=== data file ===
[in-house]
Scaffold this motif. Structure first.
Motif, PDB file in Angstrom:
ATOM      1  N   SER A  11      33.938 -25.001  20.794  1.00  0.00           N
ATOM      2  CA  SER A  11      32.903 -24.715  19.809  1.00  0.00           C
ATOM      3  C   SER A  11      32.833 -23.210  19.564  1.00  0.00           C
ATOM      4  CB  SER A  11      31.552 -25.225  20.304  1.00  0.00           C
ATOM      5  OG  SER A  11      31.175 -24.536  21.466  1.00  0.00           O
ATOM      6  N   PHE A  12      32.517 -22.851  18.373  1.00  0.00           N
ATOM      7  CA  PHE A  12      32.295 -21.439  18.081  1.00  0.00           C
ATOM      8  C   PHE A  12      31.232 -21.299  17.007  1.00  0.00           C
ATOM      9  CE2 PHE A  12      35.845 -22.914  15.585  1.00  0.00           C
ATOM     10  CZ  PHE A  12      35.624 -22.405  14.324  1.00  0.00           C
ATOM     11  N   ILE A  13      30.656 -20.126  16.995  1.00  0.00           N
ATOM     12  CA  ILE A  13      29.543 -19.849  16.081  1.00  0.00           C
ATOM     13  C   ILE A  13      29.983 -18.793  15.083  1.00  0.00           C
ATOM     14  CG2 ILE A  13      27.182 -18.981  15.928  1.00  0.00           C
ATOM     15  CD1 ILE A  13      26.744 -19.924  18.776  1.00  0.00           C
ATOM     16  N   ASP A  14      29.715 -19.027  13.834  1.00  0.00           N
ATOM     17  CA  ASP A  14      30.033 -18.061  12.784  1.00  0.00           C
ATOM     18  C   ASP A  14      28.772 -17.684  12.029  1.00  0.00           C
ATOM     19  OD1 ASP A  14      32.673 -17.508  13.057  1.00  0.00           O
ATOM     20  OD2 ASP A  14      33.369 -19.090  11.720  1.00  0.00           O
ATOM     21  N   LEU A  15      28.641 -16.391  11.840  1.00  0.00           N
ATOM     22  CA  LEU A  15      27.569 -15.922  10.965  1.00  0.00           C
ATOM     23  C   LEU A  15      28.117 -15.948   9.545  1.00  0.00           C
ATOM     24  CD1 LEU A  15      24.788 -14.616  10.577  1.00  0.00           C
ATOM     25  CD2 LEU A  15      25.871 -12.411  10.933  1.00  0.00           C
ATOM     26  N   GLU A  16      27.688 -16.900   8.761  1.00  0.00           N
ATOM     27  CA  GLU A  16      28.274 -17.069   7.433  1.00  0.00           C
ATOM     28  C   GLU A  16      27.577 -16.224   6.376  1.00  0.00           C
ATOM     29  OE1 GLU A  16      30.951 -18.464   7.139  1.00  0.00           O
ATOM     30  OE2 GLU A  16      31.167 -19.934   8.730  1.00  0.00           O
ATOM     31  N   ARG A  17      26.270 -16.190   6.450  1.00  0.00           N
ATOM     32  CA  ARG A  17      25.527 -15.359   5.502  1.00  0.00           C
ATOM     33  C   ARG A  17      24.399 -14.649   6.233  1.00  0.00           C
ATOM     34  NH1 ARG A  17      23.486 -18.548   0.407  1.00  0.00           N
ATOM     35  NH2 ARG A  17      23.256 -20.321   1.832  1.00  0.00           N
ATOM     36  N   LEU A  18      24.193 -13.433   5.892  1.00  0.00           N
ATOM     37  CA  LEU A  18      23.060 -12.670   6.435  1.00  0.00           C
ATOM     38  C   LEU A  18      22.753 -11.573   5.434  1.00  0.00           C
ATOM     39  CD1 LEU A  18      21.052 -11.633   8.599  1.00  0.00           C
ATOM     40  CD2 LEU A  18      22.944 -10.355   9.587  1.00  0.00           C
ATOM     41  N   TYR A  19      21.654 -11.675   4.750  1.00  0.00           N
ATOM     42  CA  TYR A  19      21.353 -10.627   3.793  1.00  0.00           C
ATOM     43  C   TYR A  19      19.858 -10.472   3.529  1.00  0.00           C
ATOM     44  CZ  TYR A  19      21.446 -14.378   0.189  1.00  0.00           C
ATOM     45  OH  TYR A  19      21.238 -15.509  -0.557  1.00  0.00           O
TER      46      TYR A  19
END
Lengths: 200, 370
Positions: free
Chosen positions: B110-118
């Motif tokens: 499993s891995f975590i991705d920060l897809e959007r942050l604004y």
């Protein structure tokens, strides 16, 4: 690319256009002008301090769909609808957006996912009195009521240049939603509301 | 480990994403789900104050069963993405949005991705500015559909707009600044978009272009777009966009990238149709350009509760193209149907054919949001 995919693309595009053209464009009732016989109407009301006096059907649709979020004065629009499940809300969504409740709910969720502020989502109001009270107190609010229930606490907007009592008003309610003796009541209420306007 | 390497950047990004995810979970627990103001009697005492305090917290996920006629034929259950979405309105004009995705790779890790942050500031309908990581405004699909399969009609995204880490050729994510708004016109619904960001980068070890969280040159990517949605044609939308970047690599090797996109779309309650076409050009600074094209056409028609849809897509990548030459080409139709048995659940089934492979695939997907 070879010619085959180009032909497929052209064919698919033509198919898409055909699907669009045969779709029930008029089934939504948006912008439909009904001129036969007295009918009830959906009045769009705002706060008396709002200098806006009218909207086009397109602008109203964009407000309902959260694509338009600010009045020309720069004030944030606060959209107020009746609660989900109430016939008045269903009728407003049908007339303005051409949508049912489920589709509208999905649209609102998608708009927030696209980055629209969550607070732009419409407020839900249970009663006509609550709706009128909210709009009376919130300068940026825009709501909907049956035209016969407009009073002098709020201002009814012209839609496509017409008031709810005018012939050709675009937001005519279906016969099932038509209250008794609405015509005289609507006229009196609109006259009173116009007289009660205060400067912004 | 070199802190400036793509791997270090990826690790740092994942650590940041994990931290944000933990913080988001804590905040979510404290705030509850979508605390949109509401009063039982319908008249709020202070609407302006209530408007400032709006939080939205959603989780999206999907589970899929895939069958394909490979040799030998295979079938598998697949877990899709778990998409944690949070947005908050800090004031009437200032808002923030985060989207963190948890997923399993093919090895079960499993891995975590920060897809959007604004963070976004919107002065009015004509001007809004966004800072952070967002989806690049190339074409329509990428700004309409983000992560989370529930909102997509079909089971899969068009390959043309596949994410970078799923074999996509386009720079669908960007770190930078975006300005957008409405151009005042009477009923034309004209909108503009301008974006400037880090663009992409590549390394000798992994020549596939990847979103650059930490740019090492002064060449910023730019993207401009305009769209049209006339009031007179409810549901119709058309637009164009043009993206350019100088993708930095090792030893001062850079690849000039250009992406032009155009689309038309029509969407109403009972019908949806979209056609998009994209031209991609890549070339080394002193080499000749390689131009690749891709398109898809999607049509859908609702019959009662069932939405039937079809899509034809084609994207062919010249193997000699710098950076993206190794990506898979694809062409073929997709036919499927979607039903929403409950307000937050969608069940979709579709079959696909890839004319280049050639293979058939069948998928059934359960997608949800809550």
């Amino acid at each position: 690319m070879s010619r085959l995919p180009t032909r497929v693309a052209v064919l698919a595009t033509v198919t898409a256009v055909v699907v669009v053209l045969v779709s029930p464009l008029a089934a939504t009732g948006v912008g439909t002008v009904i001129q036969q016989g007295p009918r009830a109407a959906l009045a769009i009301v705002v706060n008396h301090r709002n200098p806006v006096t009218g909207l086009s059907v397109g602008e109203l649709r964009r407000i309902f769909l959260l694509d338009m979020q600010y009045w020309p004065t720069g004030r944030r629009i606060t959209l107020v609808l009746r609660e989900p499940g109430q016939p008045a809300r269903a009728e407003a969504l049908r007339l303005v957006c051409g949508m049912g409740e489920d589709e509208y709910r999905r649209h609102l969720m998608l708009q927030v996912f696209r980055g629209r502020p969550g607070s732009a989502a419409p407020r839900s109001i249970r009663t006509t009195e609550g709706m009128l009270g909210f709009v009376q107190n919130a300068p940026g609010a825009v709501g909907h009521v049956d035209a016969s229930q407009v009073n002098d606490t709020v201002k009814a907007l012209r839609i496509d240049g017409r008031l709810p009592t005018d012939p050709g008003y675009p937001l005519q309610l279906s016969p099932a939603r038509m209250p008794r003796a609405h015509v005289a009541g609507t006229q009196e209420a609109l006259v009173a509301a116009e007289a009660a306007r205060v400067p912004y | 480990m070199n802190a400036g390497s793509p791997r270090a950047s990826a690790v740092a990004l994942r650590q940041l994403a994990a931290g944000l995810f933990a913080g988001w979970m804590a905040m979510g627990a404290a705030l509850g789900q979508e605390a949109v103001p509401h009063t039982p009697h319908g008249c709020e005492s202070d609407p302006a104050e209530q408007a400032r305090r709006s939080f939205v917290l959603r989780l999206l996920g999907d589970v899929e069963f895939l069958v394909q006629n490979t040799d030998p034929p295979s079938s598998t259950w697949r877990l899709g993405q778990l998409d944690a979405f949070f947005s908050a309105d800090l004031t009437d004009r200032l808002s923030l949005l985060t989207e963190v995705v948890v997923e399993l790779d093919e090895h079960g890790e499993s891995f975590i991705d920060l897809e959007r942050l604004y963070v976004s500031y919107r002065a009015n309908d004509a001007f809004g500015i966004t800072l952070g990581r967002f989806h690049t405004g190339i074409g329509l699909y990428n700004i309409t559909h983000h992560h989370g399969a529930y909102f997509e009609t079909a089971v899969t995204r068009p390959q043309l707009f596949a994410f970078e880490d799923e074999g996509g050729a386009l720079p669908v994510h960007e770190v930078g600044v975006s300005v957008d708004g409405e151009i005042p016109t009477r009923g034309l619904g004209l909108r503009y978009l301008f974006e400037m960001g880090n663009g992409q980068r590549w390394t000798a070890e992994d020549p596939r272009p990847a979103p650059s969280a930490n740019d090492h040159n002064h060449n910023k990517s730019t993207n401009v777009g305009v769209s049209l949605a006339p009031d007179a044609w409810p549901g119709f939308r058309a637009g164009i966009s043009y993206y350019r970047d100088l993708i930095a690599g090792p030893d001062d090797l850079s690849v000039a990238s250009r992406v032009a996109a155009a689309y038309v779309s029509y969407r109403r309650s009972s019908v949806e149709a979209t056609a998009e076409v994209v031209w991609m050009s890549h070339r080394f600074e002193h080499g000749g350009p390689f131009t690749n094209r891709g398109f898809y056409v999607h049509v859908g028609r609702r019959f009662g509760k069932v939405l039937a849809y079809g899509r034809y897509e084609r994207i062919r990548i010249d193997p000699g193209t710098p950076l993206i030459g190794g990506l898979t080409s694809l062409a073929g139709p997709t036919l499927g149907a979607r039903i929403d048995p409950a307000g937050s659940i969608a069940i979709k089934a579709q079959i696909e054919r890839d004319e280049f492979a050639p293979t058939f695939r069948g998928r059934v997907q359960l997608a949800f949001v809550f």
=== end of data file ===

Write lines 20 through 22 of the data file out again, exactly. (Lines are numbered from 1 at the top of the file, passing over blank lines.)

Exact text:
ATOM     17  CA  ASP A  14      30.033 -18.061  12.784  1.00  0.00           C
ATOM     18  C   ASP A  14      28.772 -17.684  12.029  1.00  0.00           C
ATOM     19  OD1 ASP A  14      32.673 -17.508  13.057  1.00  0.00           O